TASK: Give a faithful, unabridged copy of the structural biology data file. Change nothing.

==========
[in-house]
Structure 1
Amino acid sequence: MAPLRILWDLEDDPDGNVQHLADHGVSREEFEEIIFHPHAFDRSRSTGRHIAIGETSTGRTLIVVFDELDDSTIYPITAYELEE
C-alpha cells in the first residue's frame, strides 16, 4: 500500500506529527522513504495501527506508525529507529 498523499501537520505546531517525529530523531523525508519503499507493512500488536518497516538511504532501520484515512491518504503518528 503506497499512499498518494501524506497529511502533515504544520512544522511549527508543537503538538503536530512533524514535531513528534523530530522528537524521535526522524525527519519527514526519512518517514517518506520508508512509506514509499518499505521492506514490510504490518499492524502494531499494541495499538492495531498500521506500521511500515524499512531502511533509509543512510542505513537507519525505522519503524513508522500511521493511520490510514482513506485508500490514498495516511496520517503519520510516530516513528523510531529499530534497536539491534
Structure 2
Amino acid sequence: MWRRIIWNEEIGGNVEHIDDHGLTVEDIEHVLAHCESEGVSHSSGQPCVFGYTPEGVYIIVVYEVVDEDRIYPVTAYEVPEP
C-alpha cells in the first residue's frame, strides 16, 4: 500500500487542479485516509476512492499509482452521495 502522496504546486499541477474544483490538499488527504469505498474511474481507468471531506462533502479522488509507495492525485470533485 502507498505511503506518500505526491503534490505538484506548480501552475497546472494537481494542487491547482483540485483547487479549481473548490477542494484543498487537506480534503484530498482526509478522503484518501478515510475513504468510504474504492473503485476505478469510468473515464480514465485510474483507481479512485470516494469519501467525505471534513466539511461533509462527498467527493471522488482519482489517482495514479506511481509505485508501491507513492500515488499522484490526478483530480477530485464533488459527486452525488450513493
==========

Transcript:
[in-house]
Structure 1
Amino acid sequence: MAPLRILWDLEDDPDGNVQHLADHGVSREEFEEIIFHPHAFDRSRSTGRHIAIGETSTGRTLIVVFDELDDSTIYPITAYELEE
C-alpha cells in the first residue's frame, strides 16, 4: 500500500506529527522513504495501527506508525529507529 498523499501537520505546531517525529530523531523525508519503499507493512500488536518497516538511504532501520484515512491518504503518528 503506497499512499498518494501524506497529511502533515504544520512544522511549527508543537503538538503536530512533524514535531513528534523530530522528537524521535526522524525527519519527514526519512518517514517518506520508508512509506514509499518499505521492506514490510504490518499492524502494531499494541495499538492495531498500521506500521511500515524499512531502511533509509543512510542505513537507519525505522519503524513508522500511521493511520490510514482513506485508500490514498495516511496520517503519520510516530516513528523510531529499530534497536539491534
Structure 2
Amino acid sequence: MWRRIIWNEEIGGNVEHIDDHGLTVEDIEHVLAHCESEGVSHSSGQPCVFGYTPEGVYIIVVYEVVDEDRIYPVTAYEVPEP
C-alpha cells in the first residue's frame, strides 16, 4: 500500500487542479485516509476512492499509482452521495 502522496504546486499541477474544483490538499488527504469505498474511474481507468471531506462533502479522488509507495492525485470533485 502507498505511503506518500505526491503534490505538484506548480501552475497546472494537481494542487491547482483540485483547487479549481473548490477542494484543498487537506480534503484530498482526509478522503484518501478515510475513504468510504474504492473503485476505478469510468473515464480514465485510474483507481479512485470516494469519501467525505471534513466539511461533509462527498467527493471522488482519482489517482495514479506511481509505485508501491507513492500515488499522484490526478483530480477530485464533488459527486452525488450513493